II. Section 1981 Claim

          Pineda's second cause of action alleges a violation of 42 U.S.C. § 1981 for intentional employment discrimination on the basis of race. “Most of the core substantive standards that apply to claims of discriminatory conduct in violation of Title VII are also applicable to claims of discrimination in employment in violation of § 1981 . . . .” Patterson v. Cty. of Oneida, N.Y., 375 F.3d 206, 224 (2d Cir. 2004). However, unlike Title VII, “a plaintiff pursuing a claimed violation of § 1981 . . . must show that the discrimination was intentional.” Id. at 226. I find the same comment supporting an inference of discriminatory intent with respect to Pineda's Title VII claims supports an inference of intentional discrimination under 42 U.S.C. § 1981. See Raymond v. City of New York, 317 F.Supp.3d 746, 764 (S.D.N.Y. 2018) (applying same four-part test to determine whether a comment evidences an intent to discriminate under § 1981); see Annuity, Welfare & Apprenticeship Skill Improvement & Safety Funds of the Int'l Union of Operating Engineers Local 15, 15a, 15c & 15d, AFL-CIO v. Tightseal Constr. Inc., No. 17 CIV. 3670 (KPF), 2018 WL 3910827, at *7 (S.D.N.Y. Aug. 14, 2018) (noting that statements of bias by decision-maker responsible for adverse action sufficiently alleges a causal connection between race and the adverse action). Accordingly, Pineda's Section 1981 claim may proceed.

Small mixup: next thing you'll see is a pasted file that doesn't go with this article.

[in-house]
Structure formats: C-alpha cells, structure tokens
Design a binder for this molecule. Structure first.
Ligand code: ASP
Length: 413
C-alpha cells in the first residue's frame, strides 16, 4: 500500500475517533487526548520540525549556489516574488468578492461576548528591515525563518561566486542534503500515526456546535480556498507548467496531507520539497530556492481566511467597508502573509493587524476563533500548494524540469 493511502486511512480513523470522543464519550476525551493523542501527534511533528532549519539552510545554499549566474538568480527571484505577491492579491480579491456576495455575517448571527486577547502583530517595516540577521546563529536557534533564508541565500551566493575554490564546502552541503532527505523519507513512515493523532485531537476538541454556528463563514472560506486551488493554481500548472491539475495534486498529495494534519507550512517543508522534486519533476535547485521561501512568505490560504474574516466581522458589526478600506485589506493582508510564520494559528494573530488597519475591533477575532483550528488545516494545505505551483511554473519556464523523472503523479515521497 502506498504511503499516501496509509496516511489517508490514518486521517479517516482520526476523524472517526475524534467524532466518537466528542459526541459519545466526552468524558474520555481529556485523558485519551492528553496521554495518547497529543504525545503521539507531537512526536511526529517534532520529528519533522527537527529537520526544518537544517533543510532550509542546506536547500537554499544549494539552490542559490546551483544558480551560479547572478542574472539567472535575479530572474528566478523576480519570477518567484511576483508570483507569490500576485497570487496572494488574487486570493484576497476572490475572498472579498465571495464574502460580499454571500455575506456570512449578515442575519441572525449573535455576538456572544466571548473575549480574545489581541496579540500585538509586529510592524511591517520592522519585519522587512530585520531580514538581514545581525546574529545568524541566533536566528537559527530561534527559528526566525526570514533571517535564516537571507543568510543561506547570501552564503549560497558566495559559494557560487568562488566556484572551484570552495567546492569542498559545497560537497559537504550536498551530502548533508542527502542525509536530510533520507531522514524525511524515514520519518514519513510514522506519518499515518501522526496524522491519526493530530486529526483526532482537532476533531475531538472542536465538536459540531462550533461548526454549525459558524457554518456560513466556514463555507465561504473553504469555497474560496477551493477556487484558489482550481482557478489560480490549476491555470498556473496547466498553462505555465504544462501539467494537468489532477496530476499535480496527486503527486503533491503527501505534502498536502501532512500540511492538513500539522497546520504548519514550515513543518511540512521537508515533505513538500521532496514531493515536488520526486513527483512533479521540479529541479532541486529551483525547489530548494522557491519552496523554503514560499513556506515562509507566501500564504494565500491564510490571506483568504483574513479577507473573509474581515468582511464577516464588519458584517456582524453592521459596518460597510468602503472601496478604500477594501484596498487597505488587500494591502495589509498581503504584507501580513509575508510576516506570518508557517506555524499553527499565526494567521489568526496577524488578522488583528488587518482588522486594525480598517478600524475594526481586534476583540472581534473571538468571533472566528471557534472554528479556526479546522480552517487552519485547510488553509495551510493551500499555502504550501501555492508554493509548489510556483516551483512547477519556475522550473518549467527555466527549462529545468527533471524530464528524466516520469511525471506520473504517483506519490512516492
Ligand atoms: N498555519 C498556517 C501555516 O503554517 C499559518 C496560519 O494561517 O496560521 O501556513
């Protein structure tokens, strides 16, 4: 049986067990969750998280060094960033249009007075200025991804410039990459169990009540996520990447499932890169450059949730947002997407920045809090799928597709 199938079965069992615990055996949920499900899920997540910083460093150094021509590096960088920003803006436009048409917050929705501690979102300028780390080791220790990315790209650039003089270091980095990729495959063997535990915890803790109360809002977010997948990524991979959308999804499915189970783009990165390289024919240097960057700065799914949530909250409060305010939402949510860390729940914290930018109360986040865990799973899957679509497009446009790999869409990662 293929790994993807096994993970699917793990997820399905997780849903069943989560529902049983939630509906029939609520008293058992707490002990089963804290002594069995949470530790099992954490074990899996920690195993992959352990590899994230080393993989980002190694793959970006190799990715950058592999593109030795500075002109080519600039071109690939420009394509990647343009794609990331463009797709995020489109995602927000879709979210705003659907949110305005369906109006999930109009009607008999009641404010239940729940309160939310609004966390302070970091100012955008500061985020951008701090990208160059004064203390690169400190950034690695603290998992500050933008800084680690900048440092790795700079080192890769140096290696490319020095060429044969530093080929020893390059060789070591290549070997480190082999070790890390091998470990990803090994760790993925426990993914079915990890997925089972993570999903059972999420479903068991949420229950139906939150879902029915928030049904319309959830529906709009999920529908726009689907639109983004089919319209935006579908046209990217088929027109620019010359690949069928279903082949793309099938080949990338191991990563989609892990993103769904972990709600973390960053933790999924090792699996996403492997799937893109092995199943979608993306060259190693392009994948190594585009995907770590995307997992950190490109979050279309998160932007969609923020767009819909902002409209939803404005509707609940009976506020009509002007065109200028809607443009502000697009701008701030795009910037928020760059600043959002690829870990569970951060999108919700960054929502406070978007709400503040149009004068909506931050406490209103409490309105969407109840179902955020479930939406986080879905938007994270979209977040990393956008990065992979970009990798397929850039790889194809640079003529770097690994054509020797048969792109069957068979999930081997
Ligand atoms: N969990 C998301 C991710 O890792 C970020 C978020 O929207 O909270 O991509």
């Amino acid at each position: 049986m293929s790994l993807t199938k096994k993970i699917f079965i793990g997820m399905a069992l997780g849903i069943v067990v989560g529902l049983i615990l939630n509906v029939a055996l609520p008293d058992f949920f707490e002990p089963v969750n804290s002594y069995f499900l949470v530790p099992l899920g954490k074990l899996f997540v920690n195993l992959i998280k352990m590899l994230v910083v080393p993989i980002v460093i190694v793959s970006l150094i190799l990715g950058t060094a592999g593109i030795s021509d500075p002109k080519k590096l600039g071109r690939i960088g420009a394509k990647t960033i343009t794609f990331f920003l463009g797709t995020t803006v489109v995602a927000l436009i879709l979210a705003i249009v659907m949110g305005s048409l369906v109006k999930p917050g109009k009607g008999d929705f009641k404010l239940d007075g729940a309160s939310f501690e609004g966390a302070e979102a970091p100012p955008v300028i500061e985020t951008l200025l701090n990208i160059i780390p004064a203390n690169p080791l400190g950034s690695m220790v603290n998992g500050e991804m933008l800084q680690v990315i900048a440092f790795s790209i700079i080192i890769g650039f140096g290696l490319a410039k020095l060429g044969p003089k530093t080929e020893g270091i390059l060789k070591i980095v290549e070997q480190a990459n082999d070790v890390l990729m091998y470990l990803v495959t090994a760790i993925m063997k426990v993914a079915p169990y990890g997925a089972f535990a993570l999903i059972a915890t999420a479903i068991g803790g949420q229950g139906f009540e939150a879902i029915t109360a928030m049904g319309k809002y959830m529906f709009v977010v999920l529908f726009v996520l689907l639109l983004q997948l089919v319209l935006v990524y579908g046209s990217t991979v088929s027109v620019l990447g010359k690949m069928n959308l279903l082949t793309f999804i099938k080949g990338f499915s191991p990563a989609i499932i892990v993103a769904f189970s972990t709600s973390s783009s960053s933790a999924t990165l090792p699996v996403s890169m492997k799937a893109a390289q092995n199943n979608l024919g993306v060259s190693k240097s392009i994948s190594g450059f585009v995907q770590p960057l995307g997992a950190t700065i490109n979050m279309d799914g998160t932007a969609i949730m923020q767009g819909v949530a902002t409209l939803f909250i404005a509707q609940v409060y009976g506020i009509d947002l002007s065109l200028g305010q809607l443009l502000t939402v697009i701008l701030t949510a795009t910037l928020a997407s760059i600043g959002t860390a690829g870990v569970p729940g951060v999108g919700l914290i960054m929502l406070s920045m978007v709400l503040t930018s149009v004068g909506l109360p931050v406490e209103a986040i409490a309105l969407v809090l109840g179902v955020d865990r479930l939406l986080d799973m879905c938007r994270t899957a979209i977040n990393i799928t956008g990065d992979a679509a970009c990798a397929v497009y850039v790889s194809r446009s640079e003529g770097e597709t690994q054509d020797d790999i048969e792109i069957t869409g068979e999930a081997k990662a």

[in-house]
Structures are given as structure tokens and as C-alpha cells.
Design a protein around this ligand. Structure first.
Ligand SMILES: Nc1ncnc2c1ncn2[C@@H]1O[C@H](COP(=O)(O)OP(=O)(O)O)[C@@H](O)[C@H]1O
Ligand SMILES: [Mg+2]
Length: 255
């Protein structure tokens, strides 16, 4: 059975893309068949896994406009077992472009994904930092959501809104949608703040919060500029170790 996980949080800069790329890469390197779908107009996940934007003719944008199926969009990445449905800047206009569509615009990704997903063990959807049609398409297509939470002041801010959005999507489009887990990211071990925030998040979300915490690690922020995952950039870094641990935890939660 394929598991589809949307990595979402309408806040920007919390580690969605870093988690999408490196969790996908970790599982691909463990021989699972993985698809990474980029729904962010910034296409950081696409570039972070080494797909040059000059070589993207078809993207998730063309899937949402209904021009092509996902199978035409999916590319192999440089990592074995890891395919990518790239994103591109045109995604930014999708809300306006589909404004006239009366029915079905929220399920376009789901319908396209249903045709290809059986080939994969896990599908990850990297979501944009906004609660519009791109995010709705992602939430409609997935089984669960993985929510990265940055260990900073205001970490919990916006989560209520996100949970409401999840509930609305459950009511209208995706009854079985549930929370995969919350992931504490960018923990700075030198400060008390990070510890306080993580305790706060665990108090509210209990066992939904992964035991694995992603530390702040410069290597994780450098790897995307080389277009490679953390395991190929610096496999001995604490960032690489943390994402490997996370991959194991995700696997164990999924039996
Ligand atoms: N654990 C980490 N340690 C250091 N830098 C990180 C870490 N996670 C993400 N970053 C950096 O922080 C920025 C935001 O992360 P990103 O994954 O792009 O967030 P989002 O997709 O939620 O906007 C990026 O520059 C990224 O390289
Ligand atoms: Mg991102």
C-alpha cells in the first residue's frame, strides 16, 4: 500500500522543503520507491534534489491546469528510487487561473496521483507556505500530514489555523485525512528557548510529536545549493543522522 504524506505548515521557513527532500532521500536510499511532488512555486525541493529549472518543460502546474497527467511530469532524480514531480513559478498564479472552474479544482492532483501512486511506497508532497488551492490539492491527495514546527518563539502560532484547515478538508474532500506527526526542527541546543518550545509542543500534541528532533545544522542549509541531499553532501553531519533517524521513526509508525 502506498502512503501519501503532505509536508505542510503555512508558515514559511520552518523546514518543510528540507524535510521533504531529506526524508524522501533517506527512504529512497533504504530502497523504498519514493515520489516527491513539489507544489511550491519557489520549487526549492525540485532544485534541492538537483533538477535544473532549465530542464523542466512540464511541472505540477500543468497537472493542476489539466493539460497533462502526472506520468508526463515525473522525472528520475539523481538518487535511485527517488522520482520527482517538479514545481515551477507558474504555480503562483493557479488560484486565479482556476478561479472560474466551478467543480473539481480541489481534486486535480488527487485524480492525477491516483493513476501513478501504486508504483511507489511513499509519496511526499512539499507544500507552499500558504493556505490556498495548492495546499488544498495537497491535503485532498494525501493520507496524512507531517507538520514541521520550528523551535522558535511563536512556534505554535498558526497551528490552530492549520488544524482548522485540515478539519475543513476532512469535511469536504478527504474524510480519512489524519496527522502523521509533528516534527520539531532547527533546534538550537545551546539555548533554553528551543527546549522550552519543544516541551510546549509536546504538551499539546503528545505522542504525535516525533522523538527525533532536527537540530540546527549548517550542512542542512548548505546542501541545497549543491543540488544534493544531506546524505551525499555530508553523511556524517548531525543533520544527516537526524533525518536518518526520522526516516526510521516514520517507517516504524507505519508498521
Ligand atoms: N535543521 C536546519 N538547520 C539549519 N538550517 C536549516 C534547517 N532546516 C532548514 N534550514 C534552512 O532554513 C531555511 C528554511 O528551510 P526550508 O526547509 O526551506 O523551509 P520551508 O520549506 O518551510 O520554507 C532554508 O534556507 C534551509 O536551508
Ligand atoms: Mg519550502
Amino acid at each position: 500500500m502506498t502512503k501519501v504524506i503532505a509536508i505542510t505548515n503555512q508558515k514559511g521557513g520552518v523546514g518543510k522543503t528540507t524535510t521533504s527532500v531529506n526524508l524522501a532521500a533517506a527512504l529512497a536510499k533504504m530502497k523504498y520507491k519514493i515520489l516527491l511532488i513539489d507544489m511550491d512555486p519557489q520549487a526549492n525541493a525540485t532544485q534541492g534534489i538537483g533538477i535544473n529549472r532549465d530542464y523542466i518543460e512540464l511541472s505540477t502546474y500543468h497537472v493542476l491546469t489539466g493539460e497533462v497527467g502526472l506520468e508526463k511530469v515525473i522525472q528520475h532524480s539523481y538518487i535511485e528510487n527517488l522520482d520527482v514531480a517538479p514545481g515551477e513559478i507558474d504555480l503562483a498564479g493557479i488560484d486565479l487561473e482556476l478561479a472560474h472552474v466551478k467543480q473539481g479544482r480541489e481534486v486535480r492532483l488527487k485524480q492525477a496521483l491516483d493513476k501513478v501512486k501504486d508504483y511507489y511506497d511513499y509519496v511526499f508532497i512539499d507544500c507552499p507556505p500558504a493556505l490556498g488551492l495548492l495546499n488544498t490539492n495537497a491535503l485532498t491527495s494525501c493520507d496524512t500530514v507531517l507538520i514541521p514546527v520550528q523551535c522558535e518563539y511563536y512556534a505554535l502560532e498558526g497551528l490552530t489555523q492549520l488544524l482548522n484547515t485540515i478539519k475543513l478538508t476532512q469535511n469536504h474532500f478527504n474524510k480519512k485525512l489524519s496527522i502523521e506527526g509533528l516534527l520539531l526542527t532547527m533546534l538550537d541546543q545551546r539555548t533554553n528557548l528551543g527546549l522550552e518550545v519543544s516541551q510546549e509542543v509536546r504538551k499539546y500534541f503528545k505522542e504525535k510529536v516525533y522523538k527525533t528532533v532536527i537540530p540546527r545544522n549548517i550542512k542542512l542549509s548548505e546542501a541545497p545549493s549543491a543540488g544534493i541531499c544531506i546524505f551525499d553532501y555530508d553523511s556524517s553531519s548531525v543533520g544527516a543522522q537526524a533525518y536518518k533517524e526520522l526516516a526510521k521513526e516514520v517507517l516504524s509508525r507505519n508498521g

III. Rehabilitation Act/ADA Claims

         I analyze Pineda's third and fourth claims under the Rehabilitation Act and ADA in tandem because they impose largely identical requirements. Rodriguez v. City of New York, 197 F.3d 611, 618 (2d Cir. 1999) (“Because Section 504 of the Rehabilitation Act and the ADA ...